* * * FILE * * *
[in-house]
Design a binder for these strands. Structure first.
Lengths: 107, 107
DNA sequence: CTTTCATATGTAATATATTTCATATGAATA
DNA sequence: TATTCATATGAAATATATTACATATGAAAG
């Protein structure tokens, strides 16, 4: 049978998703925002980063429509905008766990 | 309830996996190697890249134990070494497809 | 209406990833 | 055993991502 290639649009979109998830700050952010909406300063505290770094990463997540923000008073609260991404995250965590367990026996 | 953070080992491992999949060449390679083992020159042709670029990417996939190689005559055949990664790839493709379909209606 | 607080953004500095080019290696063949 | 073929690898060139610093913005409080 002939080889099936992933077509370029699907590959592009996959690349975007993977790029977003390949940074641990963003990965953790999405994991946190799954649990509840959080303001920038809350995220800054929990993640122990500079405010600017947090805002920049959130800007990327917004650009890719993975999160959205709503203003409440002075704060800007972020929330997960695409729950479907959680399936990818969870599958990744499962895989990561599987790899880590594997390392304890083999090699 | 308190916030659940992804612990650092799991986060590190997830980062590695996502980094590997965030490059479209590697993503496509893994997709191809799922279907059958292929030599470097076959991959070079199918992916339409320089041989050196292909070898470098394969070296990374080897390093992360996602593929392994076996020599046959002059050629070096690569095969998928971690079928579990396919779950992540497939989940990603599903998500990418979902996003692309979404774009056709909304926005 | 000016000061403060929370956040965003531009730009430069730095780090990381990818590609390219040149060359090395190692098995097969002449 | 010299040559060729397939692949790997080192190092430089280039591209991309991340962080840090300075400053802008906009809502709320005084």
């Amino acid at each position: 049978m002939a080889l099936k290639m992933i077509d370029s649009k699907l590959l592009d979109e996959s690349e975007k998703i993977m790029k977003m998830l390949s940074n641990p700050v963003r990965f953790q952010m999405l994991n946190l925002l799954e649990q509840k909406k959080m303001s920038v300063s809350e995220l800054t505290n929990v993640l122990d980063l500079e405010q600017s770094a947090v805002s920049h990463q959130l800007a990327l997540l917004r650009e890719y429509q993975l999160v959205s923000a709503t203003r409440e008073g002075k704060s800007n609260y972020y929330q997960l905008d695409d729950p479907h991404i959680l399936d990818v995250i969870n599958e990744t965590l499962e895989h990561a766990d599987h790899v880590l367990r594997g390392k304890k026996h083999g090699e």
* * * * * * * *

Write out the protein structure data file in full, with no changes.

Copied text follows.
[in-house]
Design a binder for these strands. Structure first.
Lengths: 107, 107
DNA sequence: CTTTCATATGTAATATATTTCATATGAATA
DNA sequence: TATTCATATGAAATATATTACATATGAAAG
């Protein structure tokens, strides 16, 4: 049978998703925002980063429509905008766990 | 309830996996190697890249134990070494497809 | 209406990833 | 055993991502 290639649009979109998830700050952010909406300063505290770094990463997540923000008073609260991404995250965590367990026996 | 953070080992491992999949060449390679083992020159042709670029990417996939190689005559055949990664790839493709379909209606 | 607080953004500095080019290696063949 | 073929690898060139610093913005409080 002939080889099936992933077509370029699907590959592009996959690349975007993977790029977003390949940074641990963003990965953790999405994991946190799954649990509840959080303001920038809350995220800054929990993640122990500079405010600017947090805002920049959130800007990327917004650009890719993975999160959205709503203003409440002075704060800007972020929330997960695409729950479907959680399936990818969870599958990744499962895989990561599987790899880590594997390392304890083999090699 | 308190916030659940992804612990650092799991986060590190997830980062590695996502980094590997965030490059479209590697993503496509893994997709191809799922279907059958292929030599470097076959991959070079199918992916339409320089041989050196292909070898470098394969070296990374080897390093992360996602593929392994076996020599046959002059050629070096690569095969998928971690079928579990396919779950992540497939989940990603599903998500990418979902996003692309979404774009056709909304926005 | 000016000061403060929370956040965003531009730009430069730095780090990381990818590609390219040149060359090395190692098995097969002449 | 010299040559060729397939692949790997080192190092430089280039591209991309991340962080840090300075400053802008906009809502709320005084």
């Amino acid at each position: 049978m002939a080889l099936k290639m992933i077509d370029s649009k699907l590959l592009d979109e996959s690349e975007k998703i993977m790029k977003m998830l390949s940074n641990p700050v963003r990965f953790q952010m999405l994991n946190l925002l799954e649990q509840k909406k959080m303001s920038v300063s809350e995220l800054t505290n929990v993640l122990d980063l500079e405010q600017s770094a947090v805002s920049h990463q959130l800007a990327l997540l917004r650009e890719y429509q993975l999160v959205s923000a709503t203003r409440e008073g002075k704060s800007n609260y972020y929330q997960l905008d695409d729950p479907h991404i959680l399936d990818v995250i969870n599958e990744t965590l499962e895989h990561a766990d599987h790899v880590l367990r594997g390392k304890k026996h083999g090699e």